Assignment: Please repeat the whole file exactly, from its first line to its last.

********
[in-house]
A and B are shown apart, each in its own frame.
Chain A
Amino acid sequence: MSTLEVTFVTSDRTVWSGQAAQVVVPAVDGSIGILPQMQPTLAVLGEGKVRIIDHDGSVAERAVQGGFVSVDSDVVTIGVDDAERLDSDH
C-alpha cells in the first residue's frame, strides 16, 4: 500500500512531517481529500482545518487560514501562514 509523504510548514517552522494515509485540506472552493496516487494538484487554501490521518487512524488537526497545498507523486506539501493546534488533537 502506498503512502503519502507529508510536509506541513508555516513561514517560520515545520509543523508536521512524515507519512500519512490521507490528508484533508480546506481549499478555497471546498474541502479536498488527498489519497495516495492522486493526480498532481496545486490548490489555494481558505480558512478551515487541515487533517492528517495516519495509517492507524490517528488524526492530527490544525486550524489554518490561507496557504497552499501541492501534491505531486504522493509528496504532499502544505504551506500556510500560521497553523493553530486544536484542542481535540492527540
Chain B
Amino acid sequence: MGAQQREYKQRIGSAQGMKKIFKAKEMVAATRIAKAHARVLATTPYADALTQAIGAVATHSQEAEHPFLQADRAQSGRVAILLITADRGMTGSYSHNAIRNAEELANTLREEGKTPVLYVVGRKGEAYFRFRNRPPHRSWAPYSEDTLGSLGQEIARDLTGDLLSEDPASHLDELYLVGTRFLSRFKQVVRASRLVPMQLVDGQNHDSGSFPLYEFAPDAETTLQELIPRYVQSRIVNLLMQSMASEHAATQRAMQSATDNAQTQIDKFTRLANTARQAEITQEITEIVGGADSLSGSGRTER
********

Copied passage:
[in-house]
A and B are shown apart, each in its own frame.
Chain A
Amino acid sequence: MSTLEVTFVTSDRTVWSGQAAQVVVPAVDGSIGILPQMQPTLAVLGEGKVRIIDHDGSVAERAVQGGFVSVDSDVVTIGVDDAERLDSDH
C-alpha cells in the first residue's frame, strides 16, 4: 500500500512531517481529500482545518487560514501562514 509523504510548514517552522494515509485540506472552493496516487494538484487554501490521518487512524488537526497545498507523486506539501493546534488533537 502506498503512502503519502507529508510536509506541513508555516513561514517560520515545520509543523508536521512524515507519512500519512490521507490528508484533508480546506481549499478555497471546498474541502479536498488527498489519497495516495492522486493526480498532481496545486490548490489555494481558505480558512478551515487541515487533517492528517495516519495509517492507524490517528488524526492530527490544525486550524489554518490561507496557504497552499501541492501534491505531486504522493509528496504532499502544505504551506500556510500560521497553523493553530486544536484542542481535540492527540
Chain B
Amino acid sequence: MGAQQREYKQRIGSAQGMKKIFKAKEMVAATRIAKAHARVLATTPYADALTQAIGAVATHSQEAEHPFLQADRAQSGRVAILLITADRGMTGSYSHNAIRNAEELANTLREEGKTPVLYVVGRKGEAYFRFRNRPPHRSWAPYSEDTLGSLGQEIARDLTGDLLSEDPASHLDELYLVGTRFLSRFKQVVRASRLVPMQLVDGQNHDSGSFPLYEFAPDAETTLQELIPRYVQSRIVNLLMQSMASEHAATQRAMQSATDNAQTQIDKFTRLANTARQAEITQEITEIVGGADSLSGSGRTER